Raccoons are common across most of North America. As adults, they are typically a little larger than a housecat and can easily be identified by their masked face and bands of black stripes on their tail. Raccoons are considered nocturnal, but are often active during daylight hours as well. The average diet consists of fruit, nuts and seeds, bird eggs, snakes, insects and when opportunity allows, human food.
Raccoons, like other wildlife, carry zoonotic diseases that can be spread to humans and family pets. In Texas, raccoons are considered a high-risk rabies carrier and any human or pet contact with raccoons should be reported to the rabies control authority.
Raccoons may also carry and transmit canine distemper, which is a virus that attacks the nervous system of infected animals. Distemper can be spread by infected animals sneezing and coughing as well as sharing food and water bowls.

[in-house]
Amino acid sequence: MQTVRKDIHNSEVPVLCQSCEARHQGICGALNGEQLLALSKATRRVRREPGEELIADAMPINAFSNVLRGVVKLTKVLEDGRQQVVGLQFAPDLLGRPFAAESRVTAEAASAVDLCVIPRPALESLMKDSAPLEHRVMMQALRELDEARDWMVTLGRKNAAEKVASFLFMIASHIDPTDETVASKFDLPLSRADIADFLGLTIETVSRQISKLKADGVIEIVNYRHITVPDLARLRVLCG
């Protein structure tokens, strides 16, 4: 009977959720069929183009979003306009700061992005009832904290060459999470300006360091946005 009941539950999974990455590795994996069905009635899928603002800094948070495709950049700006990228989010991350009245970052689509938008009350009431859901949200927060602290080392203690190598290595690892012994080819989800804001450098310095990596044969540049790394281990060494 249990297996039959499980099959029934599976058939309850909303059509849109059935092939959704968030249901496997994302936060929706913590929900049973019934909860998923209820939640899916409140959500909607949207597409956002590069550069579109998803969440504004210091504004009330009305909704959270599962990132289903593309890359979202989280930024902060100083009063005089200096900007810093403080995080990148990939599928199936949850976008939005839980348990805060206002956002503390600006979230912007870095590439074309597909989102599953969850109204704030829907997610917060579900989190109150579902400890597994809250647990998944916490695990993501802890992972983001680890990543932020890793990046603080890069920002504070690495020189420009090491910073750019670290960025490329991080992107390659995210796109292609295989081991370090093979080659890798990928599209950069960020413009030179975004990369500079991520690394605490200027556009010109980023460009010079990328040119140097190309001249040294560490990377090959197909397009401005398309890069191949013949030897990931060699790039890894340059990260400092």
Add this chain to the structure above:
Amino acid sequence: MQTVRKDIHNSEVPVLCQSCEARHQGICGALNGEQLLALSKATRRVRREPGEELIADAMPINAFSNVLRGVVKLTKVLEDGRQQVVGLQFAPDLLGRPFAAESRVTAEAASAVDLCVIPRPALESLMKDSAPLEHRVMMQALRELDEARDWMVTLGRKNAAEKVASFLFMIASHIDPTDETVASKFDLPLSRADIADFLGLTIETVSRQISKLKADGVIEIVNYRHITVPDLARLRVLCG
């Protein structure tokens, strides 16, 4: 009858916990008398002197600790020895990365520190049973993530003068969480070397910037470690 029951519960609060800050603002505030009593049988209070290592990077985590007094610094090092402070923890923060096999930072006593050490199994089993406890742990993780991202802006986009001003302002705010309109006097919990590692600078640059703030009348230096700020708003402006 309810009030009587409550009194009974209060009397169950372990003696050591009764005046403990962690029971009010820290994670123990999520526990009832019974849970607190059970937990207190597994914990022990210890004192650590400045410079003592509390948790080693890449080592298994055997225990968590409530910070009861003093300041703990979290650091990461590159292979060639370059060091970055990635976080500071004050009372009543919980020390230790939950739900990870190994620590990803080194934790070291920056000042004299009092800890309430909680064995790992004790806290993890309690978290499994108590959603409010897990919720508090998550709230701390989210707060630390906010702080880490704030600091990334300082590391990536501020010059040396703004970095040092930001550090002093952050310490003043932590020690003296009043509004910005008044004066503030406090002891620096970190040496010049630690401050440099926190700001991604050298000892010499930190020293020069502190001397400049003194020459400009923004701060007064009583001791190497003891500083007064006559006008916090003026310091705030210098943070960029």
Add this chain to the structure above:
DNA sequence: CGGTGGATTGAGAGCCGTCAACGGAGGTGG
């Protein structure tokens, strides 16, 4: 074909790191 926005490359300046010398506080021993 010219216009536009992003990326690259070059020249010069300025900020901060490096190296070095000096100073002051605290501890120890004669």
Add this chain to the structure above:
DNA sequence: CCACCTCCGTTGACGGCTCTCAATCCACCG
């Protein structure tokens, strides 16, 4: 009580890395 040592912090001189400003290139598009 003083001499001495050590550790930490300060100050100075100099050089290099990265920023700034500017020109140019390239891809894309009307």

To protect your pets against rabies, distemper and other zoonotic diseases, keep them vaccinated. Consult your veterinarian about which vaccines are best for your pet.
The following tips will prevent raccoon encounters in your neighborhood:
Don't feed raccoons - It teaches them that humans are a source of food and invites them deeper into populated areas.
Take away pet food bowls at night - Raccoons are opportunistic scavengers and may spread disease through pet food containers. Taking away food containers will prevent them from entering the yard.
Place garbage bags inside trash cans with latching lids - Raccoons are clever and can get into trash bags or open-top cans for an easy meal.